How to Start a Water Garden

Why Water Gardening?

Here on Kaua’i we are beyond fortunate to be able to maintain gorgeous water gardens year-round.  Our climate can support both tropical and hardy water lilies, lotuses, bog and surface plants to create a living water ecosystem.  No need to worry about weeding and the inclusion of fish, dragonflies or damselflies will lessen the mosquitos in your area.

There are a few basic principles to consider when starting a water garden including the pot you choose, the plants and animals you want to encourage (or discourage), the amount of sunlight, and the combination of these elements to keep your water balanced. Think of it like the microbiome of your gut: a balance of the good bacteria is optimal – and you certainly don’t want to have a sterile environment!  When you cover the basics of a balanced ecosystem, you are following a formula for success.  Not only will you enjoy the beauty of your waterscape, but there are also many additional benefits to your health and wellbeing.

Ka wai ola or ‘the water of life’ is the Hawaiian sentiment that captures the value of this powerful element. Placing reverence and respect in cultivating a positive relationship with water can help us harness the ‘wai’ (water) to bring ‘waiwai’ (abundance and prosperity) into our lives.  By using principles of feng shui, we can energetically shift the flow of energy into our homes to be more balanced and peaceful, welcoming the flow of abundance.  It is said to be good feng shui to include a water garden at the entrance of your home, drawing a powerful flow of positive energy and wealth into your life.

Choosing a Pot

When choosing your water garden vessel there are a few things to consider including the shape, size, and location of the container.  A fire-glazed ceramic pot that is the same height as its width is ideal for both shady and sunny spots. You can fill in holes with hydraulic cement on holey containers and almost anything can be made into a water garden! Tall and narrow pots work well as an architectural statement piece and can include bold or graceful vertical plants that make a beautiful addition to sideline posts, trees and entrances.  Shallow and wide pots are best for shady areas.  Sunny spots work well with deeper pots and you will want to include surface plants to provide shade cover over the water. 

How much sunlight?

Being aware of how much sun your water garden gets will determine the plant choices that will work best.  Plants such as water lilies need a minimum of 4-6 hours of sunlight to thrive and keep the blooms surfacing year-round.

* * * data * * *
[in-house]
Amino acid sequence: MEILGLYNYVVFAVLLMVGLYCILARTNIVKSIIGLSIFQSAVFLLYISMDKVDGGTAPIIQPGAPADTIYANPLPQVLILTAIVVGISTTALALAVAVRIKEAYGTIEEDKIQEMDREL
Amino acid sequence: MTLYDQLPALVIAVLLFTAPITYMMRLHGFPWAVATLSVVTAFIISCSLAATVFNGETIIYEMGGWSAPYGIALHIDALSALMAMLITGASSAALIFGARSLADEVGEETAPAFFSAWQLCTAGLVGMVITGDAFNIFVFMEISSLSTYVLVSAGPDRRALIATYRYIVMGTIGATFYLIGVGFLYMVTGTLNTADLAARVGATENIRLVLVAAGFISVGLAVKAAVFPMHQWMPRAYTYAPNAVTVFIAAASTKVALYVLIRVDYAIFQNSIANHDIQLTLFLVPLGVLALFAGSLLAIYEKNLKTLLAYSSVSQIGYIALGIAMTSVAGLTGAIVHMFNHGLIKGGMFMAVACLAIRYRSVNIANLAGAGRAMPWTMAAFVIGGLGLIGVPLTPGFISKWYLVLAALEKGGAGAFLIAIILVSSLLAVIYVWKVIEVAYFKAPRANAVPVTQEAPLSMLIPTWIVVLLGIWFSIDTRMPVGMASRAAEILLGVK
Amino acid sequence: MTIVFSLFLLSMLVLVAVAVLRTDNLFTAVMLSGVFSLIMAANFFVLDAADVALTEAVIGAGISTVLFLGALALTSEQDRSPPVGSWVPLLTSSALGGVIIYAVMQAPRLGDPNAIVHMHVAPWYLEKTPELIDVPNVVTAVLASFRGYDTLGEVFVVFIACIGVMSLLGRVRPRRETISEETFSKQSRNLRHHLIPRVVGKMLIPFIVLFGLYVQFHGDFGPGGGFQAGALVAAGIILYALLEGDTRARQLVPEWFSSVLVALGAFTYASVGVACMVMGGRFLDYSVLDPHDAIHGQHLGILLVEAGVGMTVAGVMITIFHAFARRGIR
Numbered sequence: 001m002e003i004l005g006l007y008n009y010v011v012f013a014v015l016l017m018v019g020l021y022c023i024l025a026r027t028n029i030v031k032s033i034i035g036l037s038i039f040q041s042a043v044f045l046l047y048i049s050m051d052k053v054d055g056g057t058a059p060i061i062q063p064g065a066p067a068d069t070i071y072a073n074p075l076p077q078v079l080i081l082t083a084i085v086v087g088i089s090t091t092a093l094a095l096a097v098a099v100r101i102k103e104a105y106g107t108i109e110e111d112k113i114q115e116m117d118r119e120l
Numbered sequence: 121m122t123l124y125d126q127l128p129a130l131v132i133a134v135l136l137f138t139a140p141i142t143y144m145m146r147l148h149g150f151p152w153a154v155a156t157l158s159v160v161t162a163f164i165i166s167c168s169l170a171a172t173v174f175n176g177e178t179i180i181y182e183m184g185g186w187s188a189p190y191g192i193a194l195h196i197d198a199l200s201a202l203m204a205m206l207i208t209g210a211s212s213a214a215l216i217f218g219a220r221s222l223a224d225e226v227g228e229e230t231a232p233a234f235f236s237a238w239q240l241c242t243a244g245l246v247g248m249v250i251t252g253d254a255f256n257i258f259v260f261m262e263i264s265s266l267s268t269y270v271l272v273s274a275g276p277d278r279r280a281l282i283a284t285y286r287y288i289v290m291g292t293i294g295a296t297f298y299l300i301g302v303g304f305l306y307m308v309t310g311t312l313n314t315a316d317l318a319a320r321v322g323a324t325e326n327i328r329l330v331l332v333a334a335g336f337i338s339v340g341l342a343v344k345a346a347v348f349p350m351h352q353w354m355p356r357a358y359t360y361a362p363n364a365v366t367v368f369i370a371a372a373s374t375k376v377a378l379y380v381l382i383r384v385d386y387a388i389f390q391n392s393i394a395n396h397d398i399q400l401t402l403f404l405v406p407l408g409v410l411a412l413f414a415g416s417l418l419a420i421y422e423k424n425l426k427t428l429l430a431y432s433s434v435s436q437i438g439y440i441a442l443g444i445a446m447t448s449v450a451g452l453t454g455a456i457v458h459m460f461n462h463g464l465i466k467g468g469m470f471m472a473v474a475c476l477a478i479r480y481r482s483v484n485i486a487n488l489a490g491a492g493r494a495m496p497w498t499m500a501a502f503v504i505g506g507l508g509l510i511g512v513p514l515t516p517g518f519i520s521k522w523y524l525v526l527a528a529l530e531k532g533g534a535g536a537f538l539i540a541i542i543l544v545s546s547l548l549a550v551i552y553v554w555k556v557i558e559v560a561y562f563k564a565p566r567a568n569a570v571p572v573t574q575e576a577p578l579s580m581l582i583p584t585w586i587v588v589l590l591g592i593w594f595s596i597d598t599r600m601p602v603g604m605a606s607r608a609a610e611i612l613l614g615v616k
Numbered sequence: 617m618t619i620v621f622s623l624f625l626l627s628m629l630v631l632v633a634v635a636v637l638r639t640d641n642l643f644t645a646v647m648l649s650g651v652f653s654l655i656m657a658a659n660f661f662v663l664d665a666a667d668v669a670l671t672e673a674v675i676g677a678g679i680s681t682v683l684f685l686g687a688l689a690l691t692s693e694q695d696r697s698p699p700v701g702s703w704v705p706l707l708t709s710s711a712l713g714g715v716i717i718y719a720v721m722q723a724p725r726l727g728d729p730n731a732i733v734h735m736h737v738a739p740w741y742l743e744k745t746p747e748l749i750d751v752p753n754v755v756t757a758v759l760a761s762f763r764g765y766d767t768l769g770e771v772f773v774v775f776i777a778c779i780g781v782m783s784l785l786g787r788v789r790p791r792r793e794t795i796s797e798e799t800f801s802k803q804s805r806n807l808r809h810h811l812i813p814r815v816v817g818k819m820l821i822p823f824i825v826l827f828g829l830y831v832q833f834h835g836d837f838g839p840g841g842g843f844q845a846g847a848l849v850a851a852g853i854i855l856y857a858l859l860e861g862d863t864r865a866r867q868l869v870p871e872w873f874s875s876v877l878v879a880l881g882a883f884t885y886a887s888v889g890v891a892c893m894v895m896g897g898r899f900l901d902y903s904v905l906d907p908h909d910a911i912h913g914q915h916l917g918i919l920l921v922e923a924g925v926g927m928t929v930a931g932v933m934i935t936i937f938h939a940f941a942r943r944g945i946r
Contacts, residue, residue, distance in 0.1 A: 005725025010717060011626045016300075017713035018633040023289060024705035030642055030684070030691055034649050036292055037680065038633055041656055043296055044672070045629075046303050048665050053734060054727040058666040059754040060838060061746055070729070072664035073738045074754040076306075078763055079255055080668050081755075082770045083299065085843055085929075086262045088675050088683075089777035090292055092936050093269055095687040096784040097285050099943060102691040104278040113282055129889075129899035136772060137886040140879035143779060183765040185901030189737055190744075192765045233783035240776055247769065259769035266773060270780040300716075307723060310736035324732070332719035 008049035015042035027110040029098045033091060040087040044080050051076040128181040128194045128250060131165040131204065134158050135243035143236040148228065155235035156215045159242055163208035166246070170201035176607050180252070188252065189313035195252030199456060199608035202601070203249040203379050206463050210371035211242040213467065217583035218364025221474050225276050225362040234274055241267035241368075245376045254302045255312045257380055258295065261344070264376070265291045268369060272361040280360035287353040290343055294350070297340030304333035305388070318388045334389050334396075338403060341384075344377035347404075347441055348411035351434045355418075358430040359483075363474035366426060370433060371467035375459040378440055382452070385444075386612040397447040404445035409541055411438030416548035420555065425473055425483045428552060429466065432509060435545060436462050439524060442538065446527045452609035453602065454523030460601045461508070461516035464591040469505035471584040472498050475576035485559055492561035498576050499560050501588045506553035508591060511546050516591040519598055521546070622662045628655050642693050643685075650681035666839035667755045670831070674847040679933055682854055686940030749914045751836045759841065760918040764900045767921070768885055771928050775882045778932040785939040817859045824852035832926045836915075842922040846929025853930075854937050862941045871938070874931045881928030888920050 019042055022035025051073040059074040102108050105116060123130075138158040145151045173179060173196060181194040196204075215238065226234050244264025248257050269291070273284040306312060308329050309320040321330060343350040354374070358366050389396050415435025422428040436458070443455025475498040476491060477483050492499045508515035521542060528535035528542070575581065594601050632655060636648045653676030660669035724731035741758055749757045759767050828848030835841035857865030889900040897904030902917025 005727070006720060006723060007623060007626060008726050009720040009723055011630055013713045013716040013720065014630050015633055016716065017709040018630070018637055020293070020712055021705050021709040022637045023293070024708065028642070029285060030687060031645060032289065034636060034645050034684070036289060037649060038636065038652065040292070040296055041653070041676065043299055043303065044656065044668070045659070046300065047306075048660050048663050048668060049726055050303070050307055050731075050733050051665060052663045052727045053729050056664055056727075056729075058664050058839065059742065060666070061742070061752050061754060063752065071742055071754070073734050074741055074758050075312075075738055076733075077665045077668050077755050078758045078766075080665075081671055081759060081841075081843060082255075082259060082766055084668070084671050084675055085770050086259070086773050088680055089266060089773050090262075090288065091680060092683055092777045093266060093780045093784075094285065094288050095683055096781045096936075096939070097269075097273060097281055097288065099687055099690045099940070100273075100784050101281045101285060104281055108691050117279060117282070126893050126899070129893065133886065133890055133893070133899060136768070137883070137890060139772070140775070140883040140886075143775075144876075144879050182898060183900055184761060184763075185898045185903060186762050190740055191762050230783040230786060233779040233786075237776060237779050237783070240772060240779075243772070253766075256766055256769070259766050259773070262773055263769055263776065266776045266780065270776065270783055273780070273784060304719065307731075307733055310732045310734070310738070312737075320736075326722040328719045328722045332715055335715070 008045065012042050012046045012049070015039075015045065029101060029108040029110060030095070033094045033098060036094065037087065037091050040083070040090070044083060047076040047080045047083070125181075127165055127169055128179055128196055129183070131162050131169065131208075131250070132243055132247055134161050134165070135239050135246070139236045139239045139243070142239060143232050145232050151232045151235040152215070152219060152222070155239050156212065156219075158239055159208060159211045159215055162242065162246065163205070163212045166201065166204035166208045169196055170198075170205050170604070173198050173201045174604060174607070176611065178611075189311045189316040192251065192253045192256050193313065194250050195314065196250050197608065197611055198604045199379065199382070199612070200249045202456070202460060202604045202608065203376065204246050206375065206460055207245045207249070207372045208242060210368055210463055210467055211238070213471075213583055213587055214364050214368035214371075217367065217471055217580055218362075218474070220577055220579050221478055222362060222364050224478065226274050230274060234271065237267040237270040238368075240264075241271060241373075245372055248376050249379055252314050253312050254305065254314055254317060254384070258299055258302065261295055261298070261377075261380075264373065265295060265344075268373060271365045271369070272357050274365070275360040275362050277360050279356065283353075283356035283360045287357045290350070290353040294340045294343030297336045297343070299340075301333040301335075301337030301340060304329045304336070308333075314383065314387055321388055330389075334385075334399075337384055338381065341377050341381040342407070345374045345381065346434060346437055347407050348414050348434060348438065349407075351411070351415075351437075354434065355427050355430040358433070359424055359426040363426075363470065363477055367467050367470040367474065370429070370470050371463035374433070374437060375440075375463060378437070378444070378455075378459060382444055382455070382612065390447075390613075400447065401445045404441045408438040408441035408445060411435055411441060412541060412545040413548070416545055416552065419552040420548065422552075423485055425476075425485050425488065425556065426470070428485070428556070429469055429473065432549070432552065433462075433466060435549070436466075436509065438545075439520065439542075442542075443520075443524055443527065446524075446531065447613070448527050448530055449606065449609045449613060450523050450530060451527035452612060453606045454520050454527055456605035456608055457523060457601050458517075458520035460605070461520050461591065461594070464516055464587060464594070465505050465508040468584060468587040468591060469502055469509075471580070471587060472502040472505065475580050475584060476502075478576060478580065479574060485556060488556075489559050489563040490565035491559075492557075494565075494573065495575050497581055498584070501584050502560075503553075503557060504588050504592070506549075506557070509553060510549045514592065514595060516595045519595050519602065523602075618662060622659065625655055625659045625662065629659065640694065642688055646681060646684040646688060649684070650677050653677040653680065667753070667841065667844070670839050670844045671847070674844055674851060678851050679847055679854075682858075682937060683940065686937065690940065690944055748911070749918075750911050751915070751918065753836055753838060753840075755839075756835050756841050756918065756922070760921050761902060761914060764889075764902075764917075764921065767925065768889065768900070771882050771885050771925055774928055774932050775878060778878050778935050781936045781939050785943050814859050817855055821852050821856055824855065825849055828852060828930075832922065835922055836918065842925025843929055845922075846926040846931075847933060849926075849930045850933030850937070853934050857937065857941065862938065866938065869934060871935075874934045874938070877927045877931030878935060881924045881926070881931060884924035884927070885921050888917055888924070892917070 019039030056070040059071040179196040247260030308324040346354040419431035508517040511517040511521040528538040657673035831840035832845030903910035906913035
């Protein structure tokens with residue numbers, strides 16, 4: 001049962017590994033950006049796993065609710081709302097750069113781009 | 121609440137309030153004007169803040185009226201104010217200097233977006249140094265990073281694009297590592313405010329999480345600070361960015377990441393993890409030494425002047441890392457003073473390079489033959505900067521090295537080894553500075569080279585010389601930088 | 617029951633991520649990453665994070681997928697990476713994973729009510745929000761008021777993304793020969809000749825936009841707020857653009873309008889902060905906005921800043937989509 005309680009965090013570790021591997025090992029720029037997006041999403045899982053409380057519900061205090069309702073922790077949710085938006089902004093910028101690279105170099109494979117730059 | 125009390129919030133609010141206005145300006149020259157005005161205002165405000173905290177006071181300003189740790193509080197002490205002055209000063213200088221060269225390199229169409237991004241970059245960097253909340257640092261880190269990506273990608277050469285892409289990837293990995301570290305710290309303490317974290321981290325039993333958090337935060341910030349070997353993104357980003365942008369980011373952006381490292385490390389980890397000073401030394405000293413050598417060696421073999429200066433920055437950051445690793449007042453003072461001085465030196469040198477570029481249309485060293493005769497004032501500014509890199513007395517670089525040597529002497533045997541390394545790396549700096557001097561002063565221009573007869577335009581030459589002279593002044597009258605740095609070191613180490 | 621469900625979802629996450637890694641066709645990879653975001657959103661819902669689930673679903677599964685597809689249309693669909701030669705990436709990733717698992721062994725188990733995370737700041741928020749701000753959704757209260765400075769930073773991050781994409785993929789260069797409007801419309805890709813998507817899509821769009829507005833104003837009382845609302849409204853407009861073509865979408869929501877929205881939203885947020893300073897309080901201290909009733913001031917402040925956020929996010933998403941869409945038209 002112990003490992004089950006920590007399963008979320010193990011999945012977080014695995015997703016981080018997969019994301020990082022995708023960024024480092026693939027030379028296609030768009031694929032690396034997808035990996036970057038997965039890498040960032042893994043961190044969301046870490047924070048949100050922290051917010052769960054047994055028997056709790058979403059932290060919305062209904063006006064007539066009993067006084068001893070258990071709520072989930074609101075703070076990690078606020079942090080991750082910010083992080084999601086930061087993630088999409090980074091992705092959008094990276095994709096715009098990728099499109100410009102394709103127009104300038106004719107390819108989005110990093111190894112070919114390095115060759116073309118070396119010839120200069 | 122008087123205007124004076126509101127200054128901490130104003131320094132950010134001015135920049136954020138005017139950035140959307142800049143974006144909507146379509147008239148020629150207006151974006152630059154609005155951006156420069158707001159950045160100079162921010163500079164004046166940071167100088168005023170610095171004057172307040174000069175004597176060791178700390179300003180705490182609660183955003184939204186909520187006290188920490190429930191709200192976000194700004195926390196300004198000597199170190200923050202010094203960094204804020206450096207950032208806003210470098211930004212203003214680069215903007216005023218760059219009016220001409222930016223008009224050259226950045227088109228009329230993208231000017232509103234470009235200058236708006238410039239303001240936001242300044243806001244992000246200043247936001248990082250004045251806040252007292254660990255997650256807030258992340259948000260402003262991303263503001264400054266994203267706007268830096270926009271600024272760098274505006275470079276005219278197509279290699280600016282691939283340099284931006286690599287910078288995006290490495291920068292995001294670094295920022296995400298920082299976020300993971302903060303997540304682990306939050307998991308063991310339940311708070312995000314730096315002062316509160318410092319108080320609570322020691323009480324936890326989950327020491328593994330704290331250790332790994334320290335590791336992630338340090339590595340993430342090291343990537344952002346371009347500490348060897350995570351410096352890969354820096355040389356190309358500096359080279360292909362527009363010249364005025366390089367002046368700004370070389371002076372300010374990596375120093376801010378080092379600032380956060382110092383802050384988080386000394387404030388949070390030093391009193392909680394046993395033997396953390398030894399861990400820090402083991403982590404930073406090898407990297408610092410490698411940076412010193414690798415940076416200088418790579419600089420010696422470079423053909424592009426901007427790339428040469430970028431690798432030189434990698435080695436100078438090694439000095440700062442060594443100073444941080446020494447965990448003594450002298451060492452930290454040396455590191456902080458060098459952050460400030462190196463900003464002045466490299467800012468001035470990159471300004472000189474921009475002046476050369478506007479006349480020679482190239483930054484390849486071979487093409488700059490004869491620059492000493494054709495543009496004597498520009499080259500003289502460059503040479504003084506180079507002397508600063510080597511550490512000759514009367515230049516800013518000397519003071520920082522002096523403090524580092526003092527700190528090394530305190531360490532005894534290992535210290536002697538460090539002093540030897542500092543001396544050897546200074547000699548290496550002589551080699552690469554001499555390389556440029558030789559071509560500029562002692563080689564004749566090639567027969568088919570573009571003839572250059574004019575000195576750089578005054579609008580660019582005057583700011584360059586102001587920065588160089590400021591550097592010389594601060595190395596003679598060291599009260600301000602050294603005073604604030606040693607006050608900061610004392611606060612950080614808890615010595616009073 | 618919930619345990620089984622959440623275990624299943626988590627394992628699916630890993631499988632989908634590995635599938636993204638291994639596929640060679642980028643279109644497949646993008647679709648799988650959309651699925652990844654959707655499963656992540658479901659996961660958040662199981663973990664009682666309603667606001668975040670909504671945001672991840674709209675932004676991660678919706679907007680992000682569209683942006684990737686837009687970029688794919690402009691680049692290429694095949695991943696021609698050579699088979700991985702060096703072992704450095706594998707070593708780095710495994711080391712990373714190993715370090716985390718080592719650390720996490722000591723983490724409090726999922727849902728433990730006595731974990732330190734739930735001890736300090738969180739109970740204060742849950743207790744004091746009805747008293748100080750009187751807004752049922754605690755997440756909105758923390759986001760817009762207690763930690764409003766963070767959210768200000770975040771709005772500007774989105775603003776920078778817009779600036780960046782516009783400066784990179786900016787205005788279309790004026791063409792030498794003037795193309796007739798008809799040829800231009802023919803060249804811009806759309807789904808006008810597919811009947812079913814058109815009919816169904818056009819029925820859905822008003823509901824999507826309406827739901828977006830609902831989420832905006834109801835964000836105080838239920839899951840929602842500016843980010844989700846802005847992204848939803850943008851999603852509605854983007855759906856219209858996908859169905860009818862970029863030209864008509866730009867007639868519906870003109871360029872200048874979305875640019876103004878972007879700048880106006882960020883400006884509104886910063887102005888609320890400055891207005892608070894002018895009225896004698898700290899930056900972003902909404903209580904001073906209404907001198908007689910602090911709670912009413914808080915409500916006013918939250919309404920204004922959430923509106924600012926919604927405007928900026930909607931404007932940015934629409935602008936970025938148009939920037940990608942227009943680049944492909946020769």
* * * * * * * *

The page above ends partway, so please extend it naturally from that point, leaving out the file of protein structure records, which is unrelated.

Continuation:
Underwater Elements: A Balanced Ecosystem

Our beloved water lilies – many of which can bloom all year long here in Hawai’i, are a captivating focal point for your water garden.  We must remember, however, to include underwater plants and aquatic life that work to keep the delicate balance of the ecosystem.  Clarifying plants such as Feathered Hornwort, Tape Grass and Anacharis work to break down the extra nutrients in the water.  Platy fish and Ramshorn snails work to keep your water clean by feeding off the algae, decaying plant matter, and excess waste.  Ramshorn snails are the ones that look like cinnamon rolls and they are your friend.  The pointy shelled snails will munch on your living plants so if you see them, scoop them out or feed them to your fish. Your water garden will likely attract other creatures such as frogs, toads and dragonflies – each of which can have a helpful role. Tadpoles assist by eating string algae, platies and dragonflies are notorious mosquito hunters.

If water gardening is something you may be interested in, come check out our selection of pots. We just received a shipment and we will be offering a special on water garden packages while supplies last. Our packages include $49, $99, or $198 set-ups that include the clarifying plants, fish and snails to start your very own water garden. You will have a choice of a decorative plant that will bring your water garden to life.

Lastly, we would like to announce our 2020 Dragonfly and Damselfly Photo Contest winner!  Congratulations to David Foster for the winning submission (shown). Second place is awarded to Aaron Emayo and third place is awarded to Kaeo Bradford. Thank you to all that submitted!

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